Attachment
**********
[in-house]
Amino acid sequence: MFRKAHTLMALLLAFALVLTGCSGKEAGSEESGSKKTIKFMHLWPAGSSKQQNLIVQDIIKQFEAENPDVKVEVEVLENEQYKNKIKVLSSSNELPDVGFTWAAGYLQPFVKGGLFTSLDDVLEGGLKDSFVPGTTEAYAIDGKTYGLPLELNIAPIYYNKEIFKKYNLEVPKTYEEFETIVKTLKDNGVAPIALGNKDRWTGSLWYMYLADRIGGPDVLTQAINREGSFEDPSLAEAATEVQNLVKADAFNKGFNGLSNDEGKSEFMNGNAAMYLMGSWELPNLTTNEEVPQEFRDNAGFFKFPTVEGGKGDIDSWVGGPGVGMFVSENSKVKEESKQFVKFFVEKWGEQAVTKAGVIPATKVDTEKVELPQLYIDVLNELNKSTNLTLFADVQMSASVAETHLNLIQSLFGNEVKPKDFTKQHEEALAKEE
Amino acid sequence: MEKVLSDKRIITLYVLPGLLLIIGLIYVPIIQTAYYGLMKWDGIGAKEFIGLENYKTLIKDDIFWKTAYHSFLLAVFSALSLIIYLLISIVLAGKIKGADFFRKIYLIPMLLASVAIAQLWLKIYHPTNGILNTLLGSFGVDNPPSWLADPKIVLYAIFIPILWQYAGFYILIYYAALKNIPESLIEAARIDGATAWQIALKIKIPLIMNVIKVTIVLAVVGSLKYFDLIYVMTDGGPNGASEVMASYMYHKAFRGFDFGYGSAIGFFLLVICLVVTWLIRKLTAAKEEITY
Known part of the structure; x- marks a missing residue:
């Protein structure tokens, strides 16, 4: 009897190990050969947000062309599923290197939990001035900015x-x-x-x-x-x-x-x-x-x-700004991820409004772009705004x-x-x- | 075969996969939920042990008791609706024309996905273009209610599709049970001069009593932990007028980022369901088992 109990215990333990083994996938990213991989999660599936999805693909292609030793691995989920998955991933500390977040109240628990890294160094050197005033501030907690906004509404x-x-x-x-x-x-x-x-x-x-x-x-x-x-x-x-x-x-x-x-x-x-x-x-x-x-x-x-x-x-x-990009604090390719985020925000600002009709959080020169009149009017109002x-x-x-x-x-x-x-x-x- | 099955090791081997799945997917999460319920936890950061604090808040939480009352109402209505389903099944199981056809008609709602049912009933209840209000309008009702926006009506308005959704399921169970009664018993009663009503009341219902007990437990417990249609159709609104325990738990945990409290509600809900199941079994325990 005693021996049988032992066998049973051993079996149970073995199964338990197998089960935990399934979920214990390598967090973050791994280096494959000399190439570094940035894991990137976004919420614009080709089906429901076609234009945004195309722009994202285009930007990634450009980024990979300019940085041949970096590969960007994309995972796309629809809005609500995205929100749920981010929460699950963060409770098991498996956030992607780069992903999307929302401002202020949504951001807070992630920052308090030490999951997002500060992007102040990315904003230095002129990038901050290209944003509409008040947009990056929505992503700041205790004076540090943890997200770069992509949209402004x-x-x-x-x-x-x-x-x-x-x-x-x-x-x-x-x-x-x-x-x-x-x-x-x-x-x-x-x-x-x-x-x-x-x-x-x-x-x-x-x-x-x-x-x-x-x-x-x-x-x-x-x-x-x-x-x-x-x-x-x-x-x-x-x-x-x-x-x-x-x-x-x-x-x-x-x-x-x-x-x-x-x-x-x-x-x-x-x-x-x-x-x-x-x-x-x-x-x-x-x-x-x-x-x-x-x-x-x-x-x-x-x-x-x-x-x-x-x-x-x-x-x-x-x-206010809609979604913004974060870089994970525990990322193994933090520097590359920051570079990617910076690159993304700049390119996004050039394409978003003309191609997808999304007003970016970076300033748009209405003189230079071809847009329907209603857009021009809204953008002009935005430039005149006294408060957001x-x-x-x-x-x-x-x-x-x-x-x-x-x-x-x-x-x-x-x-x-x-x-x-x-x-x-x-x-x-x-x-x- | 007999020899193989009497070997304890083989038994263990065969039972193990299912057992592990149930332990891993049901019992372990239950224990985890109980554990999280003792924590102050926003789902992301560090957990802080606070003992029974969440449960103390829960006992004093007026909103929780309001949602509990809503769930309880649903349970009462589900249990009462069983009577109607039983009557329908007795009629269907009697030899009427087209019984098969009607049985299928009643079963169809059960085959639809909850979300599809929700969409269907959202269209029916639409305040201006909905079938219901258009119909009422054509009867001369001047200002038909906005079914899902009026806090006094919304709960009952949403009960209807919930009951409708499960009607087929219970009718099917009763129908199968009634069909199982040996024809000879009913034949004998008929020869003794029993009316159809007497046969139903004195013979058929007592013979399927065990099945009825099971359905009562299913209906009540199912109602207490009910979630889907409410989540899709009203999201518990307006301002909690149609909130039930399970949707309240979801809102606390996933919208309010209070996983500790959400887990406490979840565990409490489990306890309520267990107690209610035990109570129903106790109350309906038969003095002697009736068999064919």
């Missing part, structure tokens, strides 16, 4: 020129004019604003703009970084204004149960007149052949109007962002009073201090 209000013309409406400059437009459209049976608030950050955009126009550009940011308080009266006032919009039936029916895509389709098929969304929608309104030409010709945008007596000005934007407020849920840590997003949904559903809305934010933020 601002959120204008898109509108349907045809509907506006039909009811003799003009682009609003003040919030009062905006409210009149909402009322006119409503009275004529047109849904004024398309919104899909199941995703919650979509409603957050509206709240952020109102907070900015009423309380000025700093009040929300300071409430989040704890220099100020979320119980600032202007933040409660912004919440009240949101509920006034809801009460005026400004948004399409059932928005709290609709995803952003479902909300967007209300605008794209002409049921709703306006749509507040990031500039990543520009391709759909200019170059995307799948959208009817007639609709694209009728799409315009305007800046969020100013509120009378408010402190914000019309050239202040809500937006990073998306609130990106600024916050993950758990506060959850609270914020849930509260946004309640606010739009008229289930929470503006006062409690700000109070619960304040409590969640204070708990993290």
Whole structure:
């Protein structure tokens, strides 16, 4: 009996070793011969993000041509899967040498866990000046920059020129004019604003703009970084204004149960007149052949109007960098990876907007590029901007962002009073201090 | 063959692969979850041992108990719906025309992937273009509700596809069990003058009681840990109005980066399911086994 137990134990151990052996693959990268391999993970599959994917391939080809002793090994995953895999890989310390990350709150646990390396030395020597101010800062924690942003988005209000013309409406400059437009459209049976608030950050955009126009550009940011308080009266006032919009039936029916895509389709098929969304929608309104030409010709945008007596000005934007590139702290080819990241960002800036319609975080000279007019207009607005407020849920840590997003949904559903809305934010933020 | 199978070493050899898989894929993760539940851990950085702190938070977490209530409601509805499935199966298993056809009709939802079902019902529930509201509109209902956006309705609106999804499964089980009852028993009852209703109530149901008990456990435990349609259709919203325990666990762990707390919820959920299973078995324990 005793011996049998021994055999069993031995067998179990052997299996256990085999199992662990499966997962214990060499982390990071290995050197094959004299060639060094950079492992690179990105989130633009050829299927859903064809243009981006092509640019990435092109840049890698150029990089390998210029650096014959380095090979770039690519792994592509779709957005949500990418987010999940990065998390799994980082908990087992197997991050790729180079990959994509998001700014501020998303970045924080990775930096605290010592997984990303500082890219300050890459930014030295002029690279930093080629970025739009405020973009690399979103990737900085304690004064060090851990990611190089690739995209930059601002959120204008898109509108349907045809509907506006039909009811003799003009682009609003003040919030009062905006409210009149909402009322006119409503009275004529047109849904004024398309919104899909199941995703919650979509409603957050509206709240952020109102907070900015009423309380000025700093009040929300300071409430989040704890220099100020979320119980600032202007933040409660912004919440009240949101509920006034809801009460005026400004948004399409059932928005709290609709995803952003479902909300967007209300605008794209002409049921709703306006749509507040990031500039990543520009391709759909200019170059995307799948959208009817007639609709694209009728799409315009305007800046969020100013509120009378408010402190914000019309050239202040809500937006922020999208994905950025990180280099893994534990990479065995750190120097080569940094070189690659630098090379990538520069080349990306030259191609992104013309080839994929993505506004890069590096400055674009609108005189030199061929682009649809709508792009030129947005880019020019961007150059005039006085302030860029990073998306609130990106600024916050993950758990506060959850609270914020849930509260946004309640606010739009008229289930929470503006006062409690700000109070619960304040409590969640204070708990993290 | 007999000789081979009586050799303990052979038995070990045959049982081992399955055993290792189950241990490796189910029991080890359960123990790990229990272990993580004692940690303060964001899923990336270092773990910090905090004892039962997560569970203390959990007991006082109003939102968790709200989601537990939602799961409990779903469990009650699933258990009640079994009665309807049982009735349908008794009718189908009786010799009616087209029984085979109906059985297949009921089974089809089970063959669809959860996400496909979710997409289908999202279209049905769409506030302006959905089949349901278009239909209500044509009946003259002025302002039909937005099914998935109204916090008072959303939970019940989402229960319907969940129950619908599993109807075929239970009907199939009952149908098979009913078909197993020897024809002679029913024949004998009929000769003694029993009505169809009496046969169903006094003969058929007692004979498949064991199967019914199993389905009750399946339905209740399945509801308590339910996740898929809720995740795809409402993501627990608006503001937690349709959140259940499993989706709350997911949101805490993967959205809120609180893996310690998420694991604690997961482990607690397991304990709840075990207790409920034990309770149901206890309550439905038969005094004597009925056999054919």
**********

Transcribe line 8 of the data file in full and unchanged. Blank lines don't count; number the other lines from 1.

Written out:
């Protein structure tokens, strides 16, 4: 009996070793011969993000041509899967040498866990000046920059020129004019604003703009970084204004149960007149052949109007960098990876907007590029901007962002009073201090 | 063959692969979850041992108990719906025309992937273009509700596809069990003058009681840990109005980066399911086994 137990134990151990052996693959990268391999993970599959994917391939080809002793090994995953895999890989310390990350709150646990390396030395020597101010800062924690942003988005209000013309409406400059437009459209049976608030950050955009126009550009940011308080009266006032919009039936029916895509389709098929969304929608309104030409010709945008007596000005934007590139702290080819990241960002800036319609975080000279007019207009607005407020849920840590997003949904559903809305934010933020 | 199978070493050899898989894929993760539940851990950085702190938070977490209530409601509805499935199966298993056809009709939802079902019902529930509201509109209902956006309705609106999804499964089980009852028993009852209703109530149901008990456990435990349609259709919203325990666990762990707390919820959920299973078995324990 005793011996049998021994055999069993031995067998179990052997299996256990085999199992662990499966997962214990060499982390990071290995050197094959004299060639060094950079492992690179990105989130633009050829299927859903064809243009981006092509640019990435092109840049890698150029990089390998210029650096014959380095090979770039690519792994592509779709957005949500990418987010999940990065998390799994980082908990087992197997991050790729180079990959994509998001700014501020998303970045924080990775930096605290010592997984990303500082890219300050890459930014030295002029690279930093080629970025739009405020973009690399979103990737900085304690004064060090851990990611190089690739995209930059601002959120204008898109509108349907045809509907506006039909009811003799003009682009609003003040919030009062905006409210009149909402009322006119409503009275004529047109849904004024398309919104899909199941995703919650979509409603957050509206709240952020109102907070900015009423309380000025700093009040929300300071409430989040704890220099100020979320119980600032202007933040409660912004919440009240949101509920006034809801009460005026400004948004399409059932928005709290609709995803952003479902909300967007209300605008794209002409049921709703306006749509507040990031500039990543520009391709759909200019170059995307799948959208009817007639609709694209009728799409315009305007800046969020100013509120009378408010402190914000019309050239202040809500937006922020999208994905950025990180280099893994534990990479065995750190120097080569940094070189690659630098090379990538520069080349990306030259191609992104013309080839994929993505506004890069590096400055674009609108005189030199061929682009649809709508792009030129947005880019020019961007150059005039006085302030860029990073998306609130990106600024916050993950758990506060959850609270914020849930509260946004309640606010739009008229289930929470503006006062409690700000109070619960304040409590969640204070708990993290 | 007999000789081979009586050799303990052979038995070990045959049982081992399955055993290792189950241990490796189910029991080890359960123990790990229990272990993580004692940690303060964001899923990336270092773990910090905090004892039962997560569970203390959990007991006082109003939102968790709200989601537990939602799961409990779903469990009650699933258990009640079994009665309807049982009735349908008794009718189908009786010799009616087209029984085979109906059985297949009921089974089809089970063959669809959860996400496909979710997409289908999202279209049905769409506030302006959905089949349901278009239909209500044509009946003259002025302002039909937005099914998935109204916090008072959303939970019940989402229960319907969940129950619908599993109807075929239970009907199939009952149908098979009913078909197993020897024809002679029913024949004998009929000769003694029993009505169809009496046969169903006094003969058929007692004979498949064991199967019914199993389905009750399946339905209740399945509801308590339910996740898929809720995740795809409402993501627990608006503001937690349709959140259940499993989706709350997911949101805490993967959205809120609180893996310690998420694991604690997961482990607690397991304990709840075990207790409920034990309770149901206890309550439905038969005094004597009925056999054919």